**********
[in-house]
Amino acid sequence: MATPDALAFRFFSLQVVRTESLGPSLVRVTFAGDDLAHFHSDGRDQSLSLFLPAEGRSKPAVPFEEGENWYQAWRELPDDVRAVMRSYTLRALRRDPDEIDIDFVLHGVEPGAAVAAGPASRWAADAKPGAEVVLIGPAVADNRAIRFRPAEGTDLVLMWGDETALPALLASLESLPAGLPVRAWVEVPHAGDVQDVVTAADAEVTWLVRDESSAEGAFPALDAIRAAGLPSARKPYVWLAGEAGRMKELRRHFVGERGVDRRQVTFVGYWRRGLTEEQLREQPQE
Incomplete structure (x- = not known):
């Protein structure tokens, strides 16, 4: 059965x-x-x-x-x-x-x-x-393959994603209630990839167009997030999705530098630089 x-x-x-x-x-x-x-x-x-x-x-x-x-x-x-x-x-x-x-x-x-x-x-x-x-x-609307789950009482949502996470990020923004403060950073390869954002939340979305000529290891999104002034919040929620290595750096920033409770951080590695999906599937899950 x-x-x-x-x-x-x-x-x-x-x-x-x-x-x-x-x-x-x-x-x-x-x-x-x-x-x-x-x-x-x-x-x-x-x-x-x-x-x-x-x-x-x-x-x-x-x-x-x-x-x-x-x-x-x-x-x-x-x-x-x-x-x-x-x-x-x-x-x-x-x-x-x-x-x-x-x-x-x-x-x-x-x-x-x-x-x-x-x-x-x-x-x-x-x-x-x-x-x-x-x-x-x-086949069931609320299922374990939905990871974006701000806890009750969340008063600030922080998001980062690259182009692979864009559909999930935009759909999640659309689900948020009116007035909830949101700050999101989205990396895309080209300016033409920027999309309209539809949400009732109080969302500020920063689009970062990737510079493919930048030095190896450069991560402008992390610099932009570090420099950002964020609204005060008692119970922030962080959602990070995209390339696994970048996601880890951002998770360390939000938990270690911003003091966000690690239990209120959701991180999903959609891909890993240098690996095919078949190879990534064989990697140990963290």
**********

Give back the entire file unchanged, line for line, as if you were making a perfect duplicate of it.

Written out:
[in-house]
Amino acid sequence: MATPDALAFRFFSLQVVRTESLGPSLVRVTFAGDDLAHFHSDGRDQSLSLFLPAEGRSKPAVPFEEGENWYQAWRELPDDVRAVMRSYTLRALRRDPDEIDIDFVLHGVEPGAAVAAGPASRWAADAKPGAEVVLIGPAVADNRAIRFRPAEGTDLVLMWGDETALPALLASLESLPAGLPVRAWVEVPHAGDVQDVVTAADAEVTWLVRDESSAEGAFPALDAIRAAGLPSARKPYVWLAGEAGRMKELRRHFVGERGVDRRQVTFVGYWRRGLTEEQLREQPQE
Incomplete structure (x- = not known):
């Protein structure tokens, strides 16, 4: 059965x-x-x-x-x-x-x-x-393959994603209630990839167009997030999705530098630089 x-x-x-x-x-x-x-x-x-x-x-x-x-x-x-x-x-x-x-x-x-x-x-x-x-x-609307789950009482949502996470990020923004403060950073390869954002939340979305000529290891999104002034919040929620290595750096920033409770951080590695999906599937899950 x-x-x-x-x-x-x-x-x-x-x-x-x-x-x-x-x-x-x-x-x-x-x-x-x-x-x-x-x-x-x-x-x-x-x-x-x-x-x-x-x-x-x-x-x-x-x-x-x-x-x-x-x-x-x-x-x-x-x-x-x-x-x-x-x-x-x-x-x-x-x-x-x-x-x-x-x-x-x-x-x-x-x-x-x-x-x-x-x-x-x-x-x-x-x-x-x-x-x-x-x-x-x-086949069931609320299922374990939905990871974006701000806890009750969340008063600030922080998001980062690259182009692979864009559909999930935009759909999640659309689900948020009116007035909830949101700050999101989205990396895309080209300016033409920027999309309209539809949400009732109080969302500020920063689009970062990737510079493919930048030095190896450069991560402008992390610099932009570090420099950002964020609204005060008692119970922030962080959602990070995209390339696994970048996601880890951002998770360390939000938990270690911003003091966000690690239990209120959701991180999903959609891909890993240098690996095919078949190879990534064989990697140990963290």